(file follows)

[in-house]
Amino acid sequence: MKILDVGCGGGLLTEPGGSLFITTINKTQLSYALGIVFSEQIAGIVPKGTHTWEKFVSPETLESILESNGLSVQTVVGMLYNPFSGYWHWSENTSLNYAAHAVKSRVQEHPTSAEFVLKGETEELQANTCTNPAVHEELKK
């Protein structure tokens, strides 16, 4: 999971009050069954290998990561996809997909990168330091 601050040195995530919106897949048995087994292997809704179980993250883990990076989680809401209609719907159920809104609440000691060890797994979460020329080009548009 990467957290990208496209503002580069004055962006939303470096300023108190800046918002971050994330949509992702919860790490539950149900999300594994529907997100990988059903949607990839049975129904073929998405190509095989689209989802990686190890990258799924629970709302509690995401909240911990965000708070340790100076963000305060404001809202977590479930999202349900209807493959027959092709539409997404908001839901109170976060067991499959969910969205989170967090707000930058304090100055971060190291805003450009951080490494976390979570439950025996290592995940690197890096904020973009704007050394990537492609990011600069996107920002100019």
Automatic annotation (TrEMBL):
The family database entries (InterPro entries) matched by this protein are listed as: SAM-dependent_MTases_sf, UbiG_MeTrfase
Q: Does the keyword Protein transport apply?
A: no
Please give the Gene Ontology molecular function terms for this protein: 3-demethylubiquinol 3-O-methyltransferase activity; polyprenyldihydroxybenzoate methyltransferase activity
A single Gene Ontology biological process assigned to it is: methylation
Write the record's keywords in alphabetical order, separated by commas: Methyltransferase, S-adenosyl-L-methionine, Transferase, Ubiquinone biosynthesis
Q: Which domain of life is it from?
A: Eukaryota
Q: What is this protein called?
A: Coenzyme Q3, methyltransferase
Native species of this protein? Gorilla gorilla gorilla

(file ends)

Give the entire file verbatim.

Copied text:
[in-house]
Amino acid sequence: MKILDVGCGGGLLTEPGGSLFITTINKTQLSYALGIVFSEQIAGIVPKGTHTWEKFVSPETLESILESNGLSVQTVVGMLYNPFSGYWHWSENTSLNYAAHAVKSRVQEHPTSAEFVLKGETEELQANTCTNPAVHEELKK
């Protein structure tokens, strides 16, 4: 999971009050069954290998990561996809997909990168330091 601050040195995530919106897949048995087994292997809704179980993250883990990076989680809401209609719907159920809104609440000691060890797994979460020329080009548009 990467957290990208496209503002580069004055962006939303470096300023108190800046918002971050994330949509992702919860790490539950149900999300594994529907997100990988059903949607990839049975129904073929998405190509095989689209989802990686190890990258799924629970709302509690995401909240911990965000708070340790100076963000305060404001809202977590479930999202349900209807493959027959092709539409997404908001839901109170976060067991499959969910969205989170967090707000930058304090100055971060190291805003450009951080490494976390979570439950025996290592995940690197890096904020973009704007050394990537492609990011600069996107920002100019």
Automatic annotation (TrEMBL):
The family database entries (InterPro entries) matched by this protein are listed as: SAM-dependent_MTases_sf, UbiG_MeTrfase
Q: Does the keyword Protein transport apply?
A: no
Please give the Gene Ontology molecular function terms for this protein: 3-demethylubiquinol 3-O-methyltransferase activity; polyprenyldihydroxybenzoate methyltransferase activity
A single Gene Ontology biological process assigned to it is: methylation
Write the record's keywords in alphabetical order, separated by commas: Methyltransferase, S-adenosyl-L-methionine, Transferase, Ubiquinone biosynthesis
Q: Which domain of life is it from?
A: Eukaryota
Q: What is this protein called?
A: Coenzyme Q3, methyltransferase
Native species of this protein? Gorilla gorilla gorilla